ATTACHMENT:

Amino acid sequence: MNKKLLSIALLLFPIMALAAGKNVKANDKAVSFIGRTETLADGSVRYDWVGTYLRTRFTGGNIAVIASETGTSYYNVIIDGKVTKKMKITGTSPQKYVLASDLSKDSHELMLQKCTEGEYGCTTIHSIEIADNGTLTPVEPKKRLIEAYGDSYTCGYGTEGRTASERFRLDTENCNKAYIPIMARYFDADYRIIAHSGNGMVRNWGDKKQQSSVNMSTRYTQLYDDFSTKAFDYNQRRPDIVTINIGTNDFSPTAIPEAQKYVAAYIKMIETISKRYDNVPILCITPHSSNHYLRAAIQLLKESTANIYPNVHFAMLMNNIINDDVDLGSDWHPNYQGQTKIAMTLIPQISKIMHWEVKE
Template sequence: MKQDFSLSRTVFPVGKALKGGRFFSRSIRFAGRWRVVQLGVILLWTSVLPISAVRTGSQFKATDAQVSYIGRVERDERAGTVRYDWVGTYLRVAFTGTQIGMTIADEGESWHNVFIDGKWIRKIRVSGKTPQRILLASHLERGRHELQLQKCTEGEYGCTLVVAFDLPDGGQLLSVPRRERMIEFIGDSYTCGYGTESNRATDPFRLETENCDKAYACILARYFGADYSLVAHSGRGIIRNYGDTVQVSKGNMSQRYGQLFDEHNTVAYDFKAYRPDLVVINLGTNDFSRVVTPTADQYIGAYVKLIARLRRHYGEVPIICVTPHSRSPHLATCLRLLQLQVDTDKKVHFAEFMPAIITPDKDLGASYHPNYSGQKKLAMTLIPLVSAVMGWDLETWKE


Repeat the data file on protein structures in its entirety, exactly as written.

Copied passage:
Amino acid sequence: MNKKLLSIALLLFPIMALAAGKNVKANDKAVSFIGRTETLADGSVRYDWVGTYLRTRFTGGNIAVIASETGTSYYNVIIDGKVTKKMKITGTSPQKYVLASDLSKDSHELMLQKCTEGEYGCTTIHSIEIADNGTLTPVEPKKRLIEAYGDSYTCGYGTEGRTASERFRLDTENCNKAYIPIMARYFDADYRIIAHSGNGMVRNWGDKKQQSSVNMSTRYTQLYDDFSTKAFDYNQRRPDIVTINIGTNDFSPTAIPEAQKYVAAYIKMIETISKRYDNVPILCITPHSSNHYLRAAIQLLKESTANIYPNVHFAMLMNNIINDDVDLGSDWHPNYQGQTKIAMTLIPQISKIMHWEVKE
Template sequence: MKQDFSLSRTVFPVGKALKGGRFFSRSIRFAGRWRVVQLGVILLWTSVLPISAVRTGSQFKATDAQVSYIGRVERDERAGTVRYDWVGTYLRVAFTGTQIGMTIADEGESWHNVFIDGKWIRKIRVSGKTPQRILLASHLERGRHELQLQKCTEGEYGCTLVVAFDLPDGGQLLSVPRRERMIEFIGDSYTCGYGTESNRATDPFRLETENCDKAYACILARYFGADYSLVAHSGRGIIRNYGDTVQVSKGNMSQRYGQLFDEHNTVAYDFKAYRPDLVVINLGTNDFSRVVTPTADQYIGAYVKLIARLRRHYGEVPIICVTPHSRSPHLATCLRLLQLQVDTDKKVHFAEFMPAIITPDKDLGASYHPNYSGQKKLAMTLIPLVSAVMGWDLETWKE